« Reply #7 on: May 13, 2019, 02:01:41 PM »

Are river rocks considered "natural stone"?  I've driven on plenty of roads paved with river rocks in Mexico.
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csw

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Re: Why aren't there natural stone roads?
« Reply #8 on: May 13, 2019, 08:35:44 PM »

Low volume secondary roads with 50 AADT or less work well with a crushed stone surface.
Which literally no one asked about.

It didn't specify any particular highway system.
No, not the traffic part, the "crushed stone" part. Everyone knows that crushed stone is used for low-volume roads. The question was about using existing stone strata instead of any sort of paving material.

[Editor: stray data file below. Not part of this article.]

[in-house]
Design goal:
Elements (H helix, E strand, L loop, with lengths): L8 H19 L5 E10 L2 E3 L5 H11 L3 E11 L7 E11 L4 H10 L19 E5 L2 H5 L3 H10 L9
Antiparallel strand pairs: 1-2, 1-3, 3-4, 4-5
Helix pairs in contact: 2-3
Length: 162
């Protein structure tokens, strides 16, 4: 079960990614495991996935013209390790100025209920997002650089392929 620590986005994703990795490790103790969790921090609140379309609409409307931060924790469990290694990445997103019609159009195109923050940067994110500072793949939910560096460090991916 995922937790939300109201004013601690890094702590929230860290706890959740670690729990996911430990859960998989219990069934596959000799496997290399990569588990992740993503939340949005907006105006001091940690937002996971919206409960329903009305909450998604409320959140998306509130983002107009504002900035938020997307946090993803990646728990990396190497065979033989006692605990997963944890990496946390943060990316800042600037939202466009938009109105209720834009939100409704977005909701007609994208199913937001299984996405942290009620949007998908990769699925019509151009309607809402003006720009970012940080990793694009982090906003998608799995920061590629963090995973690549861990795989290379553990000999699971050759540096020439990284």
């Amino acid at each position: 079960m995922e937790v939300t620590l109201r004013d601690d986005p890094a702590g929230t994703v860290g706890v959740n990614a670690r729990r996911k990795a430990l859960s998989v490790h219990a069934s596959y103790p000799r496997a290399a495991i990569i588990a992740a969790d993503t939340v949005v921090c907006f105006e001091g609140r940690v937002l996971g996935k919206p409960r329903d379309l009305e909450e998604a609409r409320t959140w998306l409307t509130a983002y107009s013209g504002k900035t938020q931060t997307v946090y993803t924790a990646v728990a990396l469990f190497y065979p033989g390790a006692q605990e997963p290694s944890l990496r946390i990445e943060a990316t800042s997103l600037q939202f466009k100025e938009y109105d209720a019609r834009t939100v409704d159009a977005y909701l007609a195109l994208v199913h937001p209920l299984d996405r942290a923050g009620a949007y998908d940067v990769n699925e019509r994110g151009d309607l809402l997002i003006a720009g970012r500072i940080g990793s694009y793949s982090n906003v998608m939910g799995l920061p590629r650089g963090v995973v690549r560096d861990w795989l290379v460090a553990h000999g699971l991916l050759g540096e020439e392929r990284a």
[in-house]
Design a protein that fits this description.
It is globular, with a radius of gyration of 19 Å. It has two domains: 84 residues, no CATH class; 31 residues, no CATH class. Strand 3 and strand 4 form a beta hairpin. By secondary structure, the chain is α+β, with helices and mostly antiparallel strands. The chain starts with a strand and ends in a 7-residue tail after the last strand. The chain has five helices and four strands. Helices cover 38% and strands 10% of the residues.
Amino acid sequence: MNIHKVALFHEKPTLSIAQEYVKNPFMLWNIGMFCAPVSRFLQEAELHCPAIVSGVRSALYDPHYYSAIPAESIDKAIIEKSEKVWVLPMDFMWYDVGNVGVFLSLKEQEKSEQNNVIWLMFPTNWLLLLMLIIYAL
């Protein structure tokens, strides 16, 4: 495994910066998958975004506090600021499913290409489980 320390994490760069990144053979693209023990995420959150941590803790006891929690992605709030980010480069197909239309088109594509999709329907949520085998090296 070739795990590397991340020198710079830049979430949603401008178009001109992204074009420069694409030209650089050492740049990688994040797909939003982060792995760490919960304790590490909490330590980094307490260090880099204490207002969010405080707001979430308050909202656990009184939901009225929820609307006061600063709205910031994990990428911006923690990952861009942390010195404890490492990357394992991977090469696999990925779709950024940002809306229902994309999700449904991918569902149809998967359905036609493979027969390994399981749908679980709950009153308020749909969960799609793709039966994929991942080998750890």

I don't think natural stone is as nice of a material as you might think. There are all sort of irregularities between layers, not to mention all the other reasons previously mentioned.

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Re: Why aren't there natural stone roads?
« Reply #9 on: May 14, 2019, 08:15:27 AM »

As cbeach alluded to, too smooth of stone (which a "natural stone surface" would also eventually wear down to) means less friction and vehicles sliding off the road.

As csw alluded too, too irregular of stone shape, or too coarse of stone and you have sharp edges resulting in tire punctures.  This has occasionally happened in locations where the local crew used too coarse of an aggregate on the roadway.
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Re: Why aren't there natural stone roads?
« Reply #10 on: May 14, 2019, 03:36:53 PM »

Related: polished surfaces on sidewalks are the worst thing ever conceived by man. Even worse when it's raining and those polished sidewalk tiles are slippy...and they are at an incline that requires shorter steps.